The preceding image, along with the following ones, were taken with a Takahashi CN-212 used in the Cassegrain mode (212mm primary mirror).  As we are seeking maximum spatial resolution, the potential problem of sampling has been solved by inserting a Barlow lens to increase the effective focal length of the CN-212 to 7407mm.  One pixel then subtends an angle of 0,25 seconds of arc, which allows the finest theoretically-observable detail to be sampled with a sufficient number of pixels.

Examination of the recording shows that in several images it is possible to discern an annular structure around the star.  Here, we are observing the Airy pattern, which is the diffraction pattern of the circular aperture of the telescope.  But note that to observe this clearly, it is really necessary to freeze the turbulence.  The system in question allows us to observe this bright 3rd magnitude star with an exposure of only 10 milliseconds!

The following figure shows a single high-quality image, greatly magnified and in negative, taken from a sequence of exposures of the double star b2 Lyrae.  The exposure is here 35 milliseconds.

The double star b2 Lyrae.  The ticks on the axes represent seconds of arc.  The inner circle marks the position of the first dark ring of the Airy pattern which has a diameter of 1.66 arcsec with this optical system.  The outer circle shows the position of the second dark ring, which has a diameter of 3.05 arcsec.

Between the two circles, the first bright ring of the diffraction pattern can be seen in its theoretical position.  This ring is visible despite imperfect collimation of the telescope: slight coma is present with its axis oriented towards the top of the image.  Moreover, the CN-212 used has slight astigmatism.  It has been possible to reduce this by loosening the attachments which hold the primary mirror to its support, but unfortunately not to eliminate it entirely.  These optical faults are always more accentuated in the presence of turbulence since atmospheric movement transfers the energy of the central maximum towards the rings, which enhances the coma, for example.  The central obstruction also enhances this degradation in the presence of turbulence (without obstruction, the central peak of the Airy disk contains 84% of the signal, but only 70% with an obstruction of 0.33, as in the case of the CN-212).  It goes without saying that if you wish to record the diffraction pattern of your telescope, you must have it perfectly collimated and focused.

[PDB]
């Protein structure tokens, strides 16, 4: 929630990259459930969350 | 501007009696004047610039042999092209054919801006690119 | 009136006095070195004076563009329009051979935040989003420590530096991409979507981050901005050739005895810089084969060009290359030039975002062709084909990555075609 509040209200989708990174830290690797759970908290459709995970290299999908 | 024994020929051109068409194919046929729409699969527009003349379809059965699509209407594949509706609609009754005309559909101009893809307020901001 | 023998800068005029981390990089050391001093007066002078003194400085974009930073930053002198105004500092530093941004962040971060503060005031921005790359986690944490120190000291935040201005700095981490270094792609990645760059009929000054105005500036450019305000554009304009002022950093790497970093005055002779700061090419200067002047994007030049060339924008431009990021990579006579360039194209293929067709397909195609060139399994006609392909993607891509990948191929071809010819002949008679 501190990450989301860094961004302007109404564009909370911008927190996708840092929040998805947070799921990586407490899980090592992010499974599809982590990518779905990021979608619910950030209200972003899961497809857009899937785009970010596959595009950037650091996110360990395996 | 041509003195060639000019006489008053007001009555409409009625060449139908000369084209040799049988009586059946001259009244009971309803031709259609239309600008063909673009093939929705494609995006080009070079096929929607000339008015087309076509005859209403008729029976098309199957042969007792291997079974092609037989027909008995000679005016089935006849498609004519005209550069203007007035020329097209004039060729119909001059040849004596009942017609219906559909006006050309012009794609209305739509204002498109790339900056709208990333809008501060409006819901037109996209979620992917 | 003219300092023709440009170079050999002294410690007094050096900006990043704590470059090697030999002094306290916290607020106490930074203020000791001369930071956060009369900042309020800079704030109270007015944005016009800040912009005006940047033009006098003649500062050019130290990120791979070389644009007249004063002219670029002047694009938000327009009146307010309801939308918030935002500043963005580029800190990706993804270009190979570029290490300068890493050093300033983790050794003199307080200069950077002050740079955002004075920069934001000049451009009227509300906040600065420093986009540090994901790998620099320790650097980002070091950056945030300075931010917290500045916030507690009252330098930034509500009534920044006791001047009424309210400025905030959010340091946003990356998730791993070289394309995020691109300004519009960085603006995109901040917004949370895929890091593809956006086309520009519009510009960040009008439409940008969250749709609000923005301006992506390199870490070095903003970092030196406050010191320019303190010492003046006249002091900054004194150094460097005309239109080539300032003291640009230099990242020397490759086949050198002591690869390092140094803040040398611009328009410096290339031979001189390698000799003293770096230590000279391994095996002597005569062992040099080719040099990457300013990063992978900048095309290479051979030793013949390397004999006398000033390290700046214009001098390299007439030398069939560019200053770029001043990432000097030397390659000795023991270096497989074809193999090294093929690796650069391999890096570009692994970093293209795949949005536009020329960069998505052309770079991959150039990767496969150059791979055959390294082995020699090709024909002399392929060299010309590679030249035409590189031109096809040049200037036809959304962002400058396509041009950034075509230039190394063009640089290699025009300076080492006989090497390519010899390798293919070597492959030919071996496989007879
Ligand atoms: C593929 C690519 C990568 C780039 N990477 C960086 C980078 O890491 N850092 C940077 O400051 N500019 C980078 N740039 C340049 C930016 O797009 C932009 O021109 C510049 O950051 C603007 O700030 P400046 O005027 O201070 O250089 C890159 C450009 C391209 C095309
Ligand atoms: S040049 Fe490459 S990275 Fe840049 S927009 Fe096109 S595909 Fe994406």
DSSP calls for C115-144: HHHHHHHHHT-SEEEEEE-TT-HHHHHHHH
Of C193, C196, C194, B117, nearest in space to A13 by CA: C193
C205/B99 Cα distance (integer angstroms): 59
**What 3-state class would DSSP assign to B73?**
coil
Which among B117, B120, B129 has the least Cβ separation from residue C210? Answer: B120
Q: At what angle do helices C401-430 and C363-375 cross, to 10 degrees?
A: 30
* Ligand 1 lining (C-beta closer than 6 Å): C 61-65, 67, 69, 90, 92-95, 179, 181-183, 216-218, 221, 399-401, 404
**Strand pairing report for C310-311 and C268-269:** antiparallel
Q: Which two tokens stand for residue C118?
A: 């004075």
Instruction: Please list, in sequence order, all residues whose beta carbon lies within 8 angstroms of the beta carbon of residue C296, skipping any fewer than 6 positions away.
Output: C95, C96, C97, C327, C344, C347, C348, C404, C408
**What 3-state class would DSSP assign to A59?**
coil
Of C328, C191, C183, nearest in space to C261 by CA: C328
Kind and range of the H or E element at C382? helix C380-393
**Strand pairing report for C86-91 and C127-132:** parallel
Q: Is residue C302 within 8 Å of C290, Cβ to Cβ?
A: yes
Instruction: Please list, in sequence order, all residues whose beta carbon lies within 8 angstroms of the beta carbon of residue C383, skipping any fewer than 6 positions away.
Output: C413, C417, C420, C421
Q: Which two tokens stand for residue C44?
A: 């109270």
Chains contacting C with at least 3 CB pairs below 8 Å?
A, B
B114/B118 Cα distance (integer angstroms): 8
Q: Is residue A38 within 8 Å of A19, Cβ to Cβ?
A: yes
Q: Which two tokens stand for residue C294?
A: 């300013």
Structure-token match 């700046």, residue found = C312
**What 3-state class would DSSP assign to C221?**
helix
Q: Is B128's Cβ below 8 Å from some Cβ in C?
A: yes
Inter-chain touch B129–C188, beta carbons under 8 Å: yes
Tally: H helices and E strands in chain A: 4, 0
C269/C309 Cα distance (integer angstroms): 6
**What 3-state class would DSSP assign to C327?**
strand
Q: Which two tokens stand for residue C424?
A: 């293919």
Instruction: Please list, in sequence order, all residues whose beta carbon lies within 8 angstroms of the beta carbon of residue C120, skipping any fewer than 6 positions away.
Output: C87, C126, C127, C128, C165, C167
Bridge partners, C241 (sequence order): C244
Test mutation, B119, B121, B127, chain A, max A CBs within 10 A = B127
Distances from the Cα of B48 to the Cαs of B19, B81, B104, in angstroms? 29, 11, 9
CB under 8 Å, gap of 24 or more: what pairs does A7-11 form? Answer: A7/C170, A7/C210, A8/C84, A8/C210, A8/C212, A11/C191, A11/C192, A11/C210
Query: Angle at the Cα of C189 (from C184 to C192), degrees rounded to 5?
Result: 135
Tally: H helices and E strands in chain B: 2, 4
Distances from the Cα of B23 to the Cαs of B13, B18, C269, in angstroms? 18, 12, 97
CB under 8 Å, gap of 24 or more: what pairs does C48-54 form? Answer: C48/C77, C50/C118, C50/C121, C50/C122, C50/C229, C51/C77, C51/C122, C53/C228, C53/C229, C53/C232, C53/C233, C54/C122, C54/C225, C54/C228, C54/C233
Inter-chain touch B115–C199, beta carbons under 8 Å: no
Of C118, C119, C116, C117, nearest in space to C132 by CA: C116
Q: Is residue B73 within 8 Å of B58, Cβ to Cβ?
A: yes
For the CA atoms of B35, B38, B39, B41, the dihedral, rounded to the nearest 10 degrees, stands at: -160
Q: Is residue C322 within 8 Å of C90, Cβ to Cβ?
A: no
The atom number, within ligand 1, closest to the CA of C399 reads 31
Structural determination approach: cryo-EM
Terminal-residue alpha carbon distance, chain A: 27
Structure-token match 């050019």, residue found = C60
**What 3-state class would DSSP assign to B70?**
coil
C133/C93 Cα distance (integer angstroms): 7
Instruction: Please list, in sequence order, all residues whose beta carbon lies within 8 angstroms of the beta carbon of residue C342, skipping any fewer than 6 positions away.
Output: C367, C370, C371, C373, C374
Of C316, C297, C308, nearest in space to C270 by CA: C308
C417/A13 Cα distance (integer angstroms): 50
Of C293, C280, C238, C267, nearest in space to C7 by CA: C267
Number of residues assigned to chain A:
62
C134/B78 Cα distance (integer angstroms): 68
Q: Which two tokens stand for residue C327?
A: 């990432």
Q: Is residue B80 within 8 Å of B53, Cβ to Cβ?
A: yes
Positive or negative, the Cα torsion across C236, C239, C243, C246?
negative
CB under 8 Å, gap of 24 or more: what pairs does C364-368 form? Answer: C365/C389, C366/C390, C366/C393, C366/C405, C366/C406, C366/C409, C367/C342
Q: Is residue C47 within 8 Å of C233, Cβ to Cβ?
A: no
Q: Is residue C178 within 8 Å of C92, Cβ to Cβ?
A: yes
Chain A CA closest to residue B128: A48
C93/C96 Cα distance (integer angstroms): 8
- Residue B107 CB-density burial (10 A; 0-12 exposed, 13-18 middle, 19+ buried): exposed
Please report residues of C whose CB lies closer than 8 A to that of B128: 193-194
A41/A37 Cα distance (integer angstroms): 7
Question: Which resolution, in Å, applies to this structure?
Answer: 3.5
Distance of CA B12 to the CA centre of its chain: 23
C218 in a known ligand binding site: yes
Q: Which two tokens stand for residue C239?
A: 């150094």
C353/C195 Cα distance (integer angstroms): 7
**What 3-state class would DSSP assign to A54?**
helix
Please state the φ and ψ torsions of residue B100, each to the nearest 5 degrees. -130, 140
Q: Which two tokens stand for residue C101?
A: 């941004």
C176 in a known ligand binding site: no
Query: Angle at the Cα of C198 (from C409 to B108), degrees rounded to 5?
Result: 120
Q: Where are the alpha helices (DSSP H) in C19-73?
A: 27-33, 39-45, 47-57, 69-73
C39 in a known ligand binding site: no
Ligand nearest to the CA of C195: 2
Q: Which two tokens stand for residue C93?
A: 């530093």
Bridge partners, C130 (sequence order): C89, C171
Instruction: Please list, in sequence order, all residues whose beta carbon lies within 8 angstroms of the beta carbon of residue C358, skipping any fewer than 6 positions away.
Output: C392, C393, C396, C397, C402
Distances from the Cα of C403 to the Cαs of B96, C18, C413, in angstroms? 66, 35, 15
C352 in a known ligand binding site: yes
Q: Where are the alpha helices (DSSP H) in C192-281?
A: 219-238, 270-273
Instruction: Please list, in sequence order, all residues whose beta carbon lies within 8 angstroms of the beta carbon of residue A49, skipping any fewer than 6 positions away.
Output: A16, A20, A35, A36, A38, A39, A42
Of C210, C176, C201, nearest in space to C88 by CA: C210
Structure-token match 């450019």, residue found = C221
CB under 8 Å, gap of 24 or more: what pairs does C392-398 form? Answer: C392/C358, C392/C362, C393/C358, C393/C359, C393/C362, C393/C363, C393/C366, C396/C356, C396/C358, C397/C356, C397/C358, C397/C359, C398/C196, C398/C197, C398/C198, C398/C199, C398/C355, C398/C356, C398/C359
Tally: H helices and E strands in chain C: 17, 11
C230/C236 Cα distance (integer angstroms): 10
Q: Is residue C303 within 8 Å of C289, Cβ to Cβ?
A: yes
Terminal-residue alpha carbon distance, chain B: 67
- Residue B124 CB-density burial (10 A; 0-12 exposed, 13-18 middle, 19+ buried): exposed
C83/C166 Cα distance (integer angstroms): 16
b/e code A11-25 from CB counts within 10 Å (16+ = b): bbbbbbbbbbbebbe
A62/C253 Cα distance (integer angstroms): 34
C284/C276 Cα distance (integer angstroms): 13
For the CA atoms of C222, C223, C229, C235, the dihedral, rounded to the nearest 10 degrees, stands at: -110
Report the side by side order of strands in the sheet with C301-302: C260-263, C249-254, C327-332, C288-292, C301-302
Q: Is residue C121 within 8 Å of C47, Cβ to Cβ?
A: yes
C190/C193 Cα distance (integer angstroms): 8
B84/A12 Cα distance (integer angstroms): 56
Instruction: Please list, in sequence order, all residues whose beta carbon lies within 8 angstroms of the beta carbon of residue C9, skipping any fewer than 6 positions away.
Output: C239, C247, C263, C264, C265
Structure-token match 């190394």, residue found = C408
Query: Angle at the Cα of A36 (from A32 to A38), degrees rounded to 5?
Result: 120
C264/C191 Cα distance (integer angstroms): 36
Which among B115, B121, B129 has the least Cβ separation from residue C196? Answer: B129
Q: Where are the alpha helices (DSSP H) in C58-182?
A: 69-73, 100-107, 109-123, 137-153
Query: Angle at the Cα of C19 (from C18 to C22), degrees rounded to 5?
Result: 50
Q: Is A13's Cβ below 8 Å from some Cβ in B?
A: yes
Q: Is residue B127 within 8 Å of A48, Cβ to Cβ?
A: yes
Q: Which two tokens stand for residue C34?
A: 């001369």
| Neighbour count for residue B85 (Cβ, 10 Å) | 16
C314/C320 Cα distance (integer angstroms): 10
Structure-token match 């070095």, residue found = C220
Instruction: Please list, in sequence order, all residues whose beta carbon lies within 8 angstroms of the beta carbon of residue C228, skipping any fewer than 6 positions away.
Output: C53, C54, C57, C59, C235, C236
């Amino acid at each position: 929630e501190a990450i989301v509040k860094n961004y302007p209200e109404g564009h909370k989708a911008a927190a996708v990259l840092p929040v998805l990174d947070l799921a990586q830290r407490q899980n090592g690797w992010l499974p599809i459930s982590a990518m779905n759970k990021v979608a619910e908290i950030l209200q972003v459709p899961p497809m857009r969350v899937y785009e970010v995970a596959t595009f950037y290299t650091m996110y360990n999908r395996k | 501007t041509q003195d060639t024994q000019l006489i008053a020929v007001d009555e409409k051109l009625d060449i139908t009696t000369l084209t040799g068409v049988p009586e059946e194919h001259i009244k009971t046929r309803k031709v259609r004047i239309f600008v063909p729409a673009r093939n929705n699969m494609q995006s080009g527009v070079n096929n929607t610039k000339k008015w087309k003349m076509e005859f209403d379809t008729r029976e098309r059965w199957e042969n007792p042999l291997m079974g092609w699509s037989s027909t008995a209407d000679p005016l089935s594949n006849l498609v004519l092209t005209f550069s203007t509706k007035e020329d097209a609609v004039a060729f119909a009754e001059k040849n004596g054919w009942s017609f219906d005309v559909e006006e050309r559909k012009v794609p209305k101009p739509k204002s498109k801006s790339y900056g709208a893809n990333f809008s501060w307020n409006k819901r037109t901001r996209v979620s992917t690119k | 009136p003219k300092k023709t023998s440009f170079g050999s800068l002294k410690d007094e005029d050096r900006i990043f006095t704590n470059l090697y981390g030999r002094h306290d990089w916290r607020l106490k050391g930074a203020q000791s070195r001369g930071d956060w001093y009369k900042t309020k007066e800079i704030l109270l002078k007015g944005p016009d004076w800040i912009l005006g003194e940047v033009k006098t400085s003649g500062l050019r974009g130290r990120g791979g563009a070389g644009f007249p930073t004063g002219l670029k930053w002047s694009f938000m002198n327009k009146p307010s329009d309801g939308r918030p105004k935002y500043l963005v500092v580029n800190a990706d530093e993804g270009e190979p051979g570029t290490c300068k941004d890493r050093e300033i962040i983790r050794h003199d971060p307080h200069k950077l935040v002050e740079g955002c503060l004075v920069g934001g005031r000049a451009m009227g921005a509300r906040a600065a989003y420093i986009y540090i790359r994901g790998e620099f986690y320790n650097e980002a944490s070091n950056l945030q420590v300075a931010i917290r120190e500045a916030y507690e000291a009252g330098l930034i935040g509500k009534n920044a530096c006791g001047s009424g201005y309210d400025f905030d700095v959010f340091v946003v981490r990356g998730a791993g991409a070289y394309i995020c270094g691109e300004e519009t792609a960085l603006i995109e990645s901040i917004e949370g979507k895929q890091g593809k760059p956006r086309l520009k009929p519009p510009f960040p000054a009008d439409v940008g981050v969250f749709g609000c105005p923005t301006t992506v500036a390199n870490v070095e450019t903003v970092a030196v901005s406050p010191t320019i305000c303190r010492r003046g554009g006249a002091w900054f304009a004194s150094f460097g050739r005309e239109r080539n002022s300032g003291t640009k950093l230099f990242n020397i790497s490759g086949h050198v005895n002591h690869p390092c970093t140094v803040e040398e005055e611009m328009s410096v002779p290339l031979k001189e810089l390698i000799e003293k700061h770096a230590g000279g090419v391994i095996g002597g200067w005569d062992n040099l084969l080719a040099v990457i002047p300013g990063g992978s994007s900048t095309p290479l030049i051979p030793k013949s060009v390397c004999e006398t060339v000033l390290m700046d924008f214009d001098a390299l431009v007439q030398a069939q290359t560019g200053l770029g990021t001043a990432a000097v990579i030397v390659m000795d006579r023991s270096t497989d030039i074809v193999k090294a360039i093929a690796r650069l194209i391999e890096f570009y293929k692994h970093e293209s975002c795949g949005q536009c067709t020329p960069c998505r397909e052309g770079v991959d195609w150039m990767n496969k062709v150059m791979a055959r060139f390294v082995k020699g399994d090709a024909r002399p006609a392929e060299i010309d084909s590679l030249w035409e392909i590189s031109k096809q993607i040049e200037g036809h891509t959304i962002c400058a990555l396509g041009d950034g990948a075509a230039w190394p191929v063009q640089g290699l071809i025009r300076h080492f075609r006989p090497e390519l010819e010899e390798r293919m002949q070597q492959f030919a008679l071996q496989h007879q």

On this extract from a sequence of images of b2 Lyrae one can clearly see the damage caused by turbulence.  The exposure is 0.1 seconds and the turbulence particularly high.  Only the central image will be retained for the final composite image.  For average turbulence, only 4% of the raw images are usable.

Composite image of the double star b1 Lyrae, using 12 selected exposures of 30ms.  The components are of magnitude 5.0 and 6.1 and their separation is 2.60".  On the left, we have the negative image (the graduations represent 1 arcsec).  On the right, we have a 3-D view of the double.  The FWHM (full width at half maximum,=seeing) is 0.75", while the FWHM of the theoretical diffraction pattern is 0.66".

The star b2 Lyrae with components of magnitude 5.1 and 5.4 and separation 2.28".

The double S2751 with an angular separation of 1.6" and magnitudes 6.1 and 7.1.  The exposure is
140ms.  The result was synthesised from 14 quality images extracted from 640 acquired images.

The double S2780.  This time, the components are definitely closer: 1.0" for magnitudes 6.0 and 7.0.  One approaches the theoretical limit of resolution, noting that there is still a little further to go.

The Audine video mode can be used on the planets, as shown in the following figures.

Extract from an image sequence of the planet Jupiter acquired directly at the Cassegrain focus of the CN-212 (F/D=12) in I band.

Images of Jupiter in several colours obtained using the video mode.  At top left: B-band, exposure 450ms, top right: V-band, exposure 350ms, bottom left: I-band, exposure 350ms, and bottom right: methane band at 900nm, exposure 7 seconds for this last image.  The interference filter had a passband of 10nm (a filter centred on 890nm would give better results).  Each image in each band is a composite of about 10 raw images.  Conditions were very unfavourable for high resolution imaging during the run, with Jupiter passing just over roofs heated by the sun during the day and seeing estimated at 2.5 arcsec.

The technique described shows how it is possible to select images singly to attain high spatial resolution.  The design of the Audine camera facilitates this exotic mode of reading the CCD, since the clocks are generated by the PC software.  Modifying the timing takes only a few minutes.  At the moment, the video mode is implemented in a special version of QMiPS32 (non yet available) and in Pisco.